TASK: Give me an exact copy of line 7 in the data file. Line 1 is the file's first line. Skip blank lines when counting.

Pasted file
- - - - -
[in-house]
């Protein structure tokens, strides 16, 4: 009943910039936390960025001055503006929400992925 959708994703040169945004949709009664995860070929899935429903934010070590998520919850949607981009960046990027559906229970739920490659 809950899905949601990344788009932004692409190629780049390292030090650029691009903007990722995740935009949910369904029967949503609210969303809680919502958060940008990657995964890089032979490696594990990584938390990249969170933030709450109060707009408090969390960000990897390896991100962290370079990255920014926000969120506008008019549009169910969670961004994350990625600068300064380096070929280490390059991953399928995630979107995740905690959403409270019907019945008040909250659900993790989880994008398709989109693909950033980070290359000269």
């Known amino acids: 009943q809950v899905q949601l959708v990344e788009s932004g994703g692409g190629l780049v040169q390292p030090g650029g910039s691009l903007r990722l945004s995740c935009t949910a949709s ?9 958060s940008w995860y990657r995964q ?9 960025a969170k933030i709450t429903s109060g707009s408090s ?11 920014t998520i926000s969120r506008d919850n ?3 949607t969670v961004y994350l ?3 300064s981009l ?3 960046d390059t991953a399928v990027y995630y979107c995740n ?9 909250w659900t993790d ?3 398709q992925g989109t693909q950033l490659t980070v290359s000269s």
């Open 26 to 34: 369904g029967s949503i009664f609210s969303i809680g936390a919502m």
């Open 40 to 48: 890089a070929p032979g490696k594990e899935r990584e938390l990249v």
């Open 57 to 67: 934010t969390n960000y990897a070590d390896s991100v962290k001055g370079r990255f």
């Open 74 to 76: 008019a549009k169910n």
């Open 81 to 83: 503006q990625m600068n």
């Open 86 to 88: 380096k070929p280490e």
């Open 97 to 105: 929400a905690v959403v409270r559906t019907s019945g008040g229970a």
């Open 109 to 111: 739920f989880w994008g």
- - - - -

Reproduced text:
């Open 74 to 76: 008019a549009k169910n």